Anurag Behar

 Anurag Behar

Chief Sustainability Officer, Wipro Limited

He had earlier led Wipro Infrastructure Engineering to a remarkable growth trajectory - the business has grown from USD 30 million to over USD 300 million in four years. The precision engineering hydraulic components that this business makes are at the core of the infrastructure growth of India, finding application in large industrial plants, airports, ports, mines, material handling, forestry, construction and earth moving equipment. The business is also the leading player in its segment in Europe, with significant operations in Scandinavia.

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As I waited to meet the principal, the teacher’s voice drifted out from the open classroom window. It was a dark room with the children on the floor. I couldn’t make out more from the outside. The voice was repeating “Kanha is a national park. It is open till 6pm in the summers and 4pm in the winters.” After 3 repetitions, he instructed the children to repeat after him, which they did.

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Since education has a deep impact on the next generation, it is important that teachers become reflective practitioners

Whichever university I go to speak at, I make it a point to say that we are recruiting philosophers, especially those interested in school education. Once, a professor came up to me and said that his philosophy department had 13 people pursuing PhDs. In other places even memories of a philosophy department aren’t there, let alone 13 active PhD students.

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The onus is with all those who can change our system, not just with the teachers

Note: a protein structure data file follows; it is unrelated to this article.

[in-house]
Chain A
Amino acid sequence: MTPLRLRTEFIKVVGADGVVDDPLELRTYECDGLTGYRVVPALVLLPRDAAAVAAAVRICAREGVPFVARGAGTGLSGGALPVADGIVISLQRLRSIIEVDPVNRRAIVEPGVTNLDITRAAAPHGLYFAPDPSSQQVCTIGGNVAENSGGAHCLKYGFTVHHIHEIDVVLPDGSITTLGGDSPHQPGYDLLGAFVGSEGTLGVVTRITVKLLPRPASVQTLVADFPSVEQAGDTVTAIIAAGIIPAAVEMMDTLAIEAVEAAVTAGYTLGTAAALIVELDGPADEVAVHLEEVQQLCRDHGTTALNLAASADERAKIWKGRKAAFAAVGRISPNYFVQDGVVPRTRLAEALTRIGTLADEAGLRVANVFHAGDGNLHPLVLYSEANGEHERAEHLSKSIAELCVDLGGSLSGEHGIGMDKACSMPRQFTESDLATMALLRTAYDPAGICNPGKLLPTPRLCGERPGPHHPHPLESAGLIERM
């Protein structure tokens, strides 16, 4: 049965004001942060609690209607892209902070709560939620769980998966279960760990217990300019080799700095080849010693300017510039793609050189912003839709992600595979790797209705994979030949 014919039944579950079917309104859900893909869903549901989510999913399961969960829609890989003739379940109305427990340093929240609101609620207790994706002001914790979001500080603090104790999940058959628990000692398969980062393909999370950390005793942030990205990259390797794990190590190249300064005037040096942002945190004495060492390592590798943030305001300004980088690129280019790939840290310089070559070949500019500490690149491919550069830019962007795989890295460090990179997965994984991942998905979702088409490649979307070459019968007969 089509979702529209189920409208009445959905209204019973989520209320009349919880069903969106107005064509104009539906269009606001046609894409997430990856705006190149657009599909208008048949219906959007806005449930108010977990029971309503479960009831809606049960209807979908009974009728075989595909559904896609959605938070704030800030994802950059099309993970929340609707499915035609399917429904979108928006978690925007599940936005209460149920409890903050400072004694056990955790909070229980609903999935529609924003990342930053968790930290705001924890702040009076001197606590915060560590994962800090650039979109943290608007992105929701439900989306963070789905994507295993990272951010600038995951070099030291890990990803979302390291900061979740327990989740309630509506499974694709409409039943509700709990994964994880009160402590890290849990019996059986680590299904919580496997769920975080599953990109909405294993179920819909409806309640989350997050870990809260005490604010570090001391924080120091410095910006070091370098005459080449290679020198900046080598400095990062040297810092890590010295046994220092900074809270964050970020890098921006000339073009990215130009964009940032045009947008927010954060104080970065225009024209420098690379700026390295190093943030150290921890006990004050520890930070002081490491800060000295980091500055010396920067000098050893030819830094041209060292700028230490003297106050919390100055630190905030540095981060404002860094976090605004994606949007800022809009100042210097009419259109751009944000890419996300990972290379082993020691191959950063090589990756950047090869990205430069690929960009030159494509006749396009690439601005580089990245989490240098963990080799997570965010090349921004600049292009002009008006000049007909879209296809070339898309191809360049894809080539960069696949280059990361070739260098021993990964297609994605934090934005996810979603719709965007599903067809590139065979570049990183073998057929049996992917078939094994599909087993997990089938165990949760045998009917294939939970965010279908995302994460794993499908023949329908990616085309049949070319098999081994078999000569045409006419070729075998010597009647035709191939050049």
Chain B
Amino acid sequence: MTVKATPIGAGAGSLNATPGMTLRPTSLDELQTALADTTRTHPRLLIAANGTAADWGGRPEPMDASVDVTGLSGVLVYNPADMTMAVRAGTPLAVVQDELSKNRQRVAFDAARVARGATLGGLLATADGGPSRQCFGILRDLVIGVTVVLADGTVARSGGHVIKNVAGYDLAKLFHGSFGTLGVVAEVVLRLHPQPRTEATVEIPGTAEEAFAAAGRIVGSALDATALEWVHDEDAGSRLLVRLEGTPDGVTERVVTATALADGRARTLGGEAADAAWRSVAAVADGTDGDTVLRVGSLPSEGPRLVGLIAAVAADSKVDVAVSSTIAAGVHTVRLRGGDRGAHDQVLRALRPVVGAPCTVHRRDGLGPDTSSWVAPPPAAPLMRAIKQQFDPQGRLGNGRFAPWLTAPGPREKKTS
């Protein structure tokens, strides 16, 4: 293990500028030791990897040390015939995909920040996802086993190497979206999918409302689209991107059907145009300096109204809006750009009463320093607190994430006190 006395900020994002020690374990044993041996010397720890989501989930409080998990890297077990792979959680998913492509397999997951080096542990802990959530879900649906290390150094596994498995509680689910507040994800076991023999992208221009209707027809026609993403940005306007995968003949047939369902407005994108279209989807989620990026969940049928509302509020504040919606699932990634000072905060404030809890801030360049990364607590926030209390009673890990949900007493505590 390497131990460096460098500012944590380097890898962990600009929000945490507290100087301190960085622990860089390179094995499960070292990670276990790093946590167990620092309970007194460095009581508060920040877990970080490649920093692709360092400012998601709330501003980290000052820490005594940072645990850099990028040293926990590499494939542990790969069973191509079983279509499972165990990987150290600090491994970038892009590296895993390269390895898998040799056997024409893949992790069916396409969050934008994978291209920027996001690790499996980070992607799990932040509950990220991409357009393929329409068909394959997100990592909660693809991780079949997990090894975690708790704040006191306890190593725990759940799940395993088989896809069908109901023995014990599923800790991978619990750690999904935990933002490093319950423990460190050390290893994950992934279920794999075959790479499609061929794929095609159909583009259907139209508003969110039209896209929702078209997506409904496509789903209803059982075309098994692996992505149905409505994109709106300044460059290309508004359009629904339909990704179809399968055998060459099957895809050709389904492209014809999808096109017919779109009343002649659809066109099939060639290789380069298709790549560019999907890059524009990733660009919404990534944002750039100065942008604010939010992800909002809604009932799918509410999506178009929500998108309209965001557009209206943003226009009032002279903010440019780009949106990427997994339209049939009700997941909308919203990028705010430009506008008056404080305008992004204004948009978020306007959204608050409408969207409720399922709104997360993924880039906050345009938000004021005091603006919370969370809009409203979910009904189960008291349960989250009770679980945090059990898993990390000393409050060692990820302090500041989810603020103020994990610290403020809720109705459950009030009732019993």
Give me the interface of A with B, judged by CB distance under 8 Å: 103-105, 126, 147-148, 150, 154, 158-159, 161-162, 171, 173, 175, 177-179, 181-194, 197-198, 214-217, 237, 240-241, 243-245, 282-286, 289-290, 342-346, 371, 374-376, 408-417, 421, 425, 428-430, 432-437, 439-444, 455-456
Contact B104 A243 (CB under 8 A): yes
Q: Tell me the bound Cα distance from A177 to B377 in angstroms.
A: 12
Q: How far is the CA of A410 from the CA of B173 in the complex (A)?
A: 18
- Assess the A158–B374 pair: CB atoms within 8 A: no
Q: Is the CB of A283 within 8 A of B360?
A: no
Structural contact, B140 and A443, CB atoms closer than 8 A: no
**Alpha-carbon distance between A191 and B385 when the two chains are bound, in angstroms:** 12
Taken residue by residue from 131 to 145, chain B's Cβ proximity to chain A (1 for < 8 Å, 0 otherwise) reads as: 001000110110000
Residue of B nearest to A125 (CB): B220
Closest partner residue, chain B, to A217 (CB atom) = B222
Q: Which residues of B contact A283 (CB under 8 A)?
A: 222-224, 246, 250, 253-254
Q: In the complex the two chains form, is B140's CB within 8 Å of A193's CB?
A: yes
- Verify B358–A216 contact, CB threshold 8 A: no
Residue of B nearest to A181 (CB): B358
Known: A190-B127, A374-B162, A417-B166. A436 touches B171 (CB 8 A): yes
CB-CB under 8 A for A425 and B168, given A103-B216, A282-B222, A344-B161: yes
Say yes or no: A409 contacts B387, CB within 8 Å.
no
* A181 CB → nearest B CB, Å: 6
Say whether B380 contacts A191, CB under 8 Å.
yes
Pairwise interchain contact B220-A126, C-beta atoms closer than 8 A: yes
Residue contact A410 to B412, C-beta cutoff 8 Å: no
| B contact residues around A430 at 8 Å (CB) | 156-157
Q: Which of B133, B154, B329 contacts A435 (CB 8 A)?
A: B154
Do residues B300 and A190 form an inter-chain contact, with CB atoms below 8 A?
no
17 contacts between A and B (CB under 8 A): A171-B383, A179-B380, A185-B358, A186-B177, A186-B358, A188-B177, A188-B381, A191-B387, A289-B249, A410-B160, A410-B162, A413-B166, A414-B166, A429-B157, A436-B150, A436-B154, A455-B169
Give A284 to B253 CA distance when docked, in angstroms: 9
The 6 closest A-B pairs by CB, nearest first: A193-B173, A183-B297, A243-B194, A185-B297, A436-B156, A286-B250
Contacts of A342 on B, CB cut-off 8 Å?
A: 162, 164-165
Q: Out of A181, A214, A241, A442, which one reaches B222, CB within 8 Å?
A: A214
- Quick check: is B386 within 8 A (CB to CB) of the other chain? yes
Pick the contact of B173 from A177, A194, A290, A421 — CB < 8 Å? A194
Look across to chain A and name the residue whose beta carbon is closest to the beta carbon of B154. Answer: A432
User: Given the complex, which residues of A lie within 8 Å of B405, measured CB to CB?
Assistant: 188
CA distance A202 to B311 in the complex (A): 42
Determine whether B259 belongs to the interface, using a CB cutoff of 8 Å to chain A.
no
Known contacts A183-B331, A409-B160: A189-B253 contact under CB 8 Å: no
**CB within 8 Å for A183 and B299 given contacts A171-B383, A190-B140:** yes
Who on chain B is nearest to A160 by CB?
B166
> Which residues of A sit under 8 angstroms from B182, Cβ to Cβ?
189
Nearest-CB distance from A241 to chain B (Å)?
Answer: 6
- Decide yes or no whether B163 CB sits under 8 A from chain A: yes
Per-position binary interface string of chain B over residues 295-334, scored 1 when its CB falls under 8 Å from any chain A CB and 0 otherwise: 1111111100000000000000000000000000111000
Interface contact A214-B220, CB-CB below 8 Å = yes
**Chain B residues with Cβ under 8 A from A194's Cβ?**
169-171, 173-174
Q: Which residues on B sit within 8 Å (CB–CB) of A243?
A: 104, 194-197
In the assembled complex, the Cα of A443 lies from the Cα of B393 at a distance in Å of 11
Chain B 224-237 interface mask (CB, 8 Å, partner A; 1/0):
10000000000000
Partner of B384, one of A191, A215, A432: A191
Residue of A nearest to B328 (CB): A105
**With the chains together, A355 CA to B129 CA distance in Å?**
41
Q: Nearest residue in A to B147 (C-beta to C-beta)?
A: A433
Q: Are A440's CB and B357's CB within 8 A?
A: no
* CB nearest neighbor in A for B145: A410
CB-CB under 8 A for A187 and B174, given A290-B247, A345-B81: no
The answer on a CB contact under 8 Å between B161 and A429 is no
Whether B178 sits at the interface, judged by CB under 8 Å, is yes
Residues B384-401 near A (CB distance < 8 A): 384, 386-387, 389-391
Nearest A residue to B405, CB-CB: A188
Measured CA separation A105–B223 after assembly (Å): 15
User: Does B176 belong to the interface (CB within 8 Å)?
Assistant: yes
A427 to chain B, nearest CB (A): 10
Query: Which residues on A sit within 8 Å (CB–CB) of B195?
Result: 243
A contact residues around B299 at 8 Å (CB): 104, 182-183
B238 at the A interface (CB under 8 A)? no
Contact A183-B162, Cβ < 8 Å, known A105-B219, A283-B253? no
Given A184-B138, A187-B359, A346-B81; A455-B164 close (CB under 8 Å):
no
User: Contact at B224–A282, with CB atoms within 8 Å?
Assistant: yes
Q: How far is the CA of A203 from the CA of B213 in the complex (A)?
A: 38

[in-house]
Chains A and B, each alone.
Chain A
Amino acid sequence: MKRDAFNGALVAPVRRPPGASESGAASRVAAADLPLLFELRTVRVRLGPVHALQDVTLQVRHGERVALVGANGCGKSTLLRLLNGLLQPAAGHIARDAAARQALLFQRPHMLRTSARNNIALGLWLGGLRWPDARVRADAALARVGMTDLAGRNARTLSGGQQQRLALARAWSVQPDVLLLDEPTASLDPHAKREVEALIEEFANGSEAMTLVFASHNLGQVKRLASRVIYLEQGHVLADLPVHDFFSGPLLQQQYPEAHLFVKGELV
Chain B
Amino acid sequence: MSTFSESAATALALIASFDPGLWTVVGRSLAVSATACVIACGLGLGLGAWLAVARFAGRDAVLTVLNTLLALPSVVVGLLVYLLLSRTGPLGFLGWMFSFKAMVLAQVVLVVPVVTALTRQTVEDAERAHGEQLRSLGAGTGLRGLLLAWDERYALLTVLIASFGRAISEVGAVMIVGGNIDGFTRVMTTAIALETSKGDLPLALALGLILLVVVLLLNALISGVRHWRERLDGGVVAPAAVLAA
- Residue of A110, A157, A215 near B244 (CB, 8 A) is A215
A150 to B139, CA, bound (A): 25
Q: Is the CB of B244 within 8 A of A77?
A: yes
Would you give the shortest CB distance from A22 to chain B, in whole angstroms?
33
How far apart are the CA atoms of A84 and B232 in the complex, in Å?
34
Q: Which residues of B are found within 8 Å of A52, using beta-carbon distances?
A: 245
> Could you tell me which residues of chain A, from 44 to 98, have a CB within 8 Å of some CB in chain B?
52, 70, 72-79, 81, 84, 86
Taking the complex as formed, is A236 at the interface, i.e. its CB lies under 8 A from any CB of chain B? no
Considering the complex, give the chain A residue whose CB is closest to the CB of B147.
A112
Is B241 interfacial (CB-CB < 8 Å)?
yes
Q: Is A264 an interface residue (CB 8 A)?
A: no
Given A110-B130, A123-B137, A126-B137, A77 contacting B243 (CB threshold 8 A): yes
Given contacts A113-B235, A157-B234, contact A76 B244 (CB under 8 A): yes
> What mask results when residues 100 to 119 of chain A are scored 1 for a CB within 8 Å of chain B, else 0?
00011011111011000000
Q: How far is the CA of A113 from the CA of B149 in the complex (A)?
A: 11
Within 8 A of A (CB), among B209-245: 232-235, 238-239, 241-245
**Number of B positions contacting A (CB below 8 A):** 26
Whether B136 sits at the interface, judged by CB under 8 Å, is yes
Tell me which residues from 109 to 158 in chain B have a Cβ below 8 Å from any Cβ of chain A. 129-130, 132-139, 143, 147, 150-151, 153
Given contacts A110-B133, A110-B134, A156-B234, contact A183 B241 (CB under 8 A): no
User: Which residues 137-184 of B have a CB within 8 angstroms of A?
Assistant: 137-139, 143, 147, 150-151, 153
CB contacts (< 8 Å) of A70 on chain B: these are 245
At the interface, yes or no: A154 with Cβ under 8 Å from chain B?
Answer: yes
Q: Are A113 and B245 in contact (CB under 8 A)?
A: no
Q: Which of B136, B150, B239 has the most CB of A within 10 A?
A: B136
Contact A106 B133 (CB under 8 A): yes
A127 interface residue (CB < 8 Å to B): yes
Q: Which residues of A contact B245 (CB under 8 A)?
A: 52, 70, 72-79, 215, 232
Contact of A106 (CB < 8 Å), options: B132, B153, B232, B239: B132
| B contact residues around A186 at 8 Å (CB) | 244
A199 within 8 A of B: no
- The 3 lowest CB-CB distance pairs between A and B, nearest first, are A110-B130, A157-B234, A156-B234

The young woman looked like a school girl. She was a teacher, who had recently joined a government primary school. Her cheeks reddened and voice quivered. She was responding to a preposterous statement by a man with more experience as a teacher than her age.

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It is good to meet people who are not hanging around waiting for the system to change, but are trying to change it

The school was painted canary yellow. I haven’t seen another school of that colour. It was perched at one end of the village far away from the houses, where the steep slope began. The village of 1,000 people was on a mountain top higher than most, with the endless Kumaon on all sides. Almora was visible about 30km away. The startling yellow, and its dramatic perch, probably makes the school visible from very long distances, like a lighthouse. The village is called Satyun.

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Even countries completely committed to free markets and a dominant role for the private sector, have a public system for schooling

Sometime in January this year, Mint displayed a graphics about good and bad things that have occurred in India in the past decade. The increase in the number of private schools was depicted prominently as a good development. This is not a valid claim. The increase in the percentage of private schools, i.e., the effective privatization of school education, is not a positive development. It will not help solve India’s education problem.

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There is a huge gap between our policies and their implementation on the ground. And that’s where the problem lies

As I travel across the country, usually I drop in to schools unannounced or my colleagues informally coordinate a visit. Very few school visits are “officially” scheduled. Let me narrate the typical script of one such “official” visit.

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In reality, teachers are responsible in very limited ways, because the rot is in the system that prepares them as teachers Wherever we were in the world, the tragedy at the Sandy Hook school in Newtown stopped us.

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